At 13, the central midfielder is the team’s youngest player and in contrast to some of her team-mates, made the move from Brighton’s centre of excellence to the grassroots club
“We all treat each other as the same age. I’m the youngest but I’ve played football for the longest. This is my ninth year in football.
“I joined Crawley at the beginning of last season. When I was at Brighton I didn’t really like it. When I got into the Under-13s (at the centre of excellence) it started to change a little bit and I didn’t really like it.
“It’s very hard to come from that kind of standard into grassroots but actually have the same level of football. I knew [a player] here who used to be at Brighton with me, and she said [Wasps] had a really good reputation.
“But it wouldn’t really have mattered… As long as they could play football. That’s all I really wanted.
“When I first came down here I was surprised that girls who weren’t in the centre of excellence were this good. It was a kind of pressure because you had to make sure you didn’t upset the team in a way, you didn’t affect the way they played. As we played more games, the pressure went down because you started to feel, this is my team now.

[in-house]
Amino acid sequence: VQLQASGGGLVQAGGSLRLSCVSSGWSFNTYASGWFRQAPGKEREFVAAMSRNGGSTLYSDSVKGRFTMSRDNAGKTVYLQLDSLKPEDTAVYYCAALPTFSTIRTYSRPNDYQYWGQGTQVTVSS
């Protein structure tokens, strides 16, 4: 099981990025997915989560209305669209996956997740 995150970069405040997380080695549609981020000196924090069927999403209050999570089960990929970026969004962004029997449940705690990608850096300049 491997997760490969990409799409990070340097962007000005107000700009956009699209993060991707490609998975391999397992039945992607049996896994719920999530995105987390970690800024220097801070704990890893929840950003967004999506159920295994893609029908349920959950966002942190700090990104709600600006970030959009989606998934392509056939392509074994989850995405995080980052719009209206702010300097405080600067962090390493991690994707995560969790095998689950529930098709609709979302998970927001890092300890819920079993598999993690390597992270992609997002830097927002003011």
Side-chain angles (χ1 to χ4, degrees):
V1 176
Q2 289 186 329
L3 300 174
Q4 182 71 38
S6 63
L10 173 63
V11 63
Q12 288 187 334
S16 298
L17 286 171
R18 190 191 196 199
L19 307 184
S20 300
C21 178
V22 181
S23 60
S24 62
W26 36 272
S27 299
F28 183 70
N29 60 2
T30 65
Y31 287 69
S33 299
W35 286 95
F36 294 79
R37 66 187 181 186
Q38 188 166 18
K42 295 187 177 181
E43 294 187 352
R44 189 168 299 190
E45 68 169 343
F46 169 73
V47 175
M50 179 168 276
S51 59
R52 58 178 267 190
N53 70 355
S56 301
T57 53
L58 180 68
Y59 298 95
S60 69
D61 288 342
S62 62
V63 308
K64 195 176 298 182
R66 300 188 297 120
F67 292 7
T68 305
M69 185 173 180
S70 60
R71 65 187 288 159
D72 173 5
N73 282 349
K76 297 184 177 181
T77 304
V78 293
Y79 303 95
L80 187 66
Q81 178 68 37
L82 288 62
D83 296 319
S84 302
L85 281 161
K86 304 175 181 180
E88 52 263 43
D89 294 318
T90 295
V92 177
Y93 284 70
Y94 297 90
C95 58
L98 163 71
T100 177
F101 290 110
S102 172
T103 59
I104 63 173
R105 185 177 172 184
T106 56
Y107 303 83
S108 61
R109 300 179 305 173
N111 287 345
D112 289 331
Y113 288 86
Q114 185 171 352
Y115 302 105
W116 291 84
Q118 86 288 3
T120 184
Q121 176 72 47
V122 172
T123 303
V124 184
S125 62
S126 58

“I felt welcome. As soon as I came, Eleanor (Keegan, the captain) came over and made sure I was all right. I was welcome probably more than I had been anywhere.
“I already knew Woodie, from Brighton, which was another reason why I came here because it meant I was still getting the same level of football. She was basically taking what she was doing at Brighton and bringing it to us lot.
“We’ve played [Brighton] and we lost, but.. tactically, we’re not any worse. It was purely because of fitness. They train three times a week and we train once a week. So it’s not necessarily that they can play better than us. They can actually last longer than us.
“When I first started at Brighton I thought I want to be a footballer. And then you realise that you can’t just be a footballer for girls. It’s like, I want to play football but I’ve got to have another job. But with boys, if you are a professional footballer, that’s it, you’ll be a professional footballer. You get your money from that.
“I suppose the best thing about coming here is that they’ve got a first team, so even if I don’t play professionally, I can still come into women’s football, just not, maybe, at the highest level.
“I don’t think [winning] gets boring, because I still go on the pitch thinking I’ve still got to play my best to win this game. When you’re winning so much you have to set different goals.
“I’ve only ever seen the girls win. It will be interesting to see what the girls act like when we lose. It will be good because the girls need to learn that to play football, you’ve got to lose to win.
“If you keep winning, you lose your mindset of playing football. You just go out thinking, I’m going to win. If we lose, we’ve all got to stick together, which I think will be good.
“It’s going to be interesting to see how the boys play against us. They might back out a little bit, which you don’t want. You want the boys to play you a game of football. Otherwise, there’s no point in playing them.